The Mathematical Universe: An Alphabetical Journey Through the Great Proofs, Problems, and Personalities / Edition 1

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Overview

"Dunham writes for nonspecialists, and they will enjoy his piquant anecdotes and amusing asides -- Booklist

"Artfully, Dunham conducts a tour of the mathematical universe. . . he believes these ideas to be accessible to the audience he wants to reach, and he writes so that they are." -- Nature

"If you want to encourage anyone's interest in math, get them The Mathematical Universe."
* New Scientist

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Editorial Reviews

Library Journal
Like John Allen Paulos's Beyond Numeracy (LJ 4/1/91), this is an A-to-Z collection of mathematical essays. The advantage of this format is that it lets the author hit the highlights in essays that can be read independently. This collection is less cantankerous than Paulos's, and it is also somewhat more focused and mathematically challenging, though still written for a popular audience. Dunham (Journey Through Genius: The Great Theorems of Mathematics, Wiley, 1990) is winner of the 1993 George Polya Award for excellence in math writing, an honor he richly deserves. He is fascinated by the nature of mathematical genius, and the theme of these essays is the personality and eccentricities of mathematicians and the brilliance of their discoveries. For sophisticated readers who don't mind equations (including algebra, geometry, and calculus), this is a rewarding and entertaining look at the history of mathematics.-Amy Brunvand, Fort Lewis Coll. Lib., Durango, Col.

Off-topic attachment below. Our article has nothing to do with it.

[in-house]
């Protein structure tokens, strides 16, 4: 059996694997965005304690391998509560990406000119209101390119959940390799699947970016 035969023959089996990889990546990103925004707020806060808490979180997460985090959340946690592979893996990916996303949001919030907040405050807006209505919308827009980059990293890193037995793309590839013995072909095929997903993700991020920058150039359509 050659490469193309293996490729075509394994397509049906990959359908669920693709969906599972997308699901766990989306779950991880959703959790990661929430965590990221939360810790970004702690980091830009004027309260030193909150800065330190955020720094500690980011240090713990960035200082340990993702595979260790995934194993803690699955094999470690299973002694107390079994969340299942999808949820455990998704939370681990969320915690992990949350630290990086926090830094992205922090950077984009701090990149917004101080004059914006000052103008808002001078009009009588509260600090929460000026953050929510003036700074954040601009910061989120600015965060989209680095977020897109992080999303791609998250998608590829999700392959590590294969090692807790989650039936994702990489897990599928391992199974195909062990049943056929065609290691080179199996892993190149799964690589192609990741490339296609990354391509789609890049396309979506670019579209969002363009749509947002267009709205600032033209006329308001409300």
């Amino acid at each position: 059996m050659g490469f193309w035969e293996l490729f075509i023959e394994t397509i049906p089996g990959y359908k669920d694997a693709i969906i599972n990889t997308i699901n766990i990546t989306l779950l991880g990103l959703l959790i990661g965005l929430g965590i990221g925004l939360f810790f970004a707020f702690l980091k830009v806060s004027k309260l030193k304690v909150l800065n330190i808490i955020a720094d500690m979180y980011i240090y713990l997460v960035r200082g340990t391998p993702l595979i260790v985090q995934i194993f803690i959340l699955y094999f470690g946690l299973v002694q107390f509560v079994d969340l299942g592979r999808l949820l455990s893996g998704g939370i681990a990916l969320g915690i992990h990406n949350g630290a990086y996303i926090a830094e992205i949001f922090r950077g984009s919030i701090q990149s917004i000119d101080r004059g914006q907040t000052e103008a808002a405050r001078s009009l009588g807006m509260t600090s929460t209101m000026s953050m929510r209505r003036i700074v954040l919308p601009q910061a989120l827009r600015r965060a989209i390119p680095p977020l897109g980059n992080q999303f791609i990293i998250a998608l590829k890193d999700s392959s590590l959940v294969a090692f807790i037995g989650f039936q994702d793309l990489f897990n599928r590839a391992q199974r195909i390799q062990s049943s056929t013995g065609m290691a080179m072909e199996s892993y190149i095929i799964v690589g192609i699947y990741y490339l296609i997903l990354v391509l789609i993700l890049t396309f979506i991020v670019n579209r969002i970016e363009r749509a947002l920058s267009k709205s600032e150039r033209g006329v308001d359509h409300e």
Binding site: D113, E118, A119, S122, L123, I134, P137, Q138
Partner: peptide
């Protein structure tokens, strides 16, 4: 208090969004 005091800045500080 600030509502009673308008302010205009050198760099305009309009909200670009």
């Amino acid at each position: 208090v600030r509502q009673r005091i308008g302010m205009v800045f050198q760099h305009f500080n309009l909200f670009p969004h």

Bryce Christensen
Start with "a" for Arithmetic and wend your way to "z", the symbol for complex numbers, and you will have completed Dunham's wonderfully informative tour of mathematics. Readers ought not turn away from this book because equations make them queazy and formulas leave them confused. Dunham writes for nonspecialists, and they will enjoy his piquant anecdotes and amusing asides even if they cannot follow all of his (simplified) derivations and illustrative problems. What president published an original proof of the Pythagorean theorem just four years before his election? What Nobel laureate unearthed a paradox that discredited his own logical system? What distinguished mathematician and scientist wrote almost a million words on alchemy? In providing the surprising answers to these and other questions, Dunham sheds light not only on the personalities--eccentric, vain, brilliant--of major mathematicians, but also on contemporary social issues, such as multiculturalism and gender equity. Readers who want to understand the cultural significance of mathematics would do well to begin with this book.
Booknews
Introduces the great proofs, notorious disputes, and unsolved mysteries of mathematics in chapters spanning the field from A to Z. For general readers with a basic knowledge of algebra and geometry. Annotation c. by Book News, Inc., Portland, Or.
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Product Details

  • ISBN-13: 9780471536567
  • Publisher: Wiley
  • Publication date: 8/11/1994
  • Edition number: 1
  • Pages: 314
  • Product dimensions: 6.38 (w) x 9.57 (h) x 0.98 (d)

Table of Contents

Arithmetic.

Bernoulli Trials.

Circle.

Differential Calculus.

Euler.

Fermat.

Greek Geometry.

Hypotenuse.

Isoperimetric Problem.

Justification.

Knighted Newton.

Lost Leibniz.

Mathematical Personality.

Natural Logarithm.

Origins.

Prime Number Theorem.

Quotient.

Russell's Paradox.

Spherical Surface.

Trisection.

Utility.

Venn Diagram.

Where Are the Women?

X-Y Plane.

Z.

Afterword.

Notes.

Index.

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Customer Reviews

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Sort by: Showing all of 3 Customer Reviews
  • Anonymous

    Posted April 17, 2003

    math student,nac

    Good read!I now have had this book for about 2 years.I'm still amazed at how insightful the author is.In telling with storyteller's magic (as it were) the great proofs of science .Written with rye humor and wit.

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  • Anonymous

    Posted January 10, 2013

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    Posted December 14, 2012

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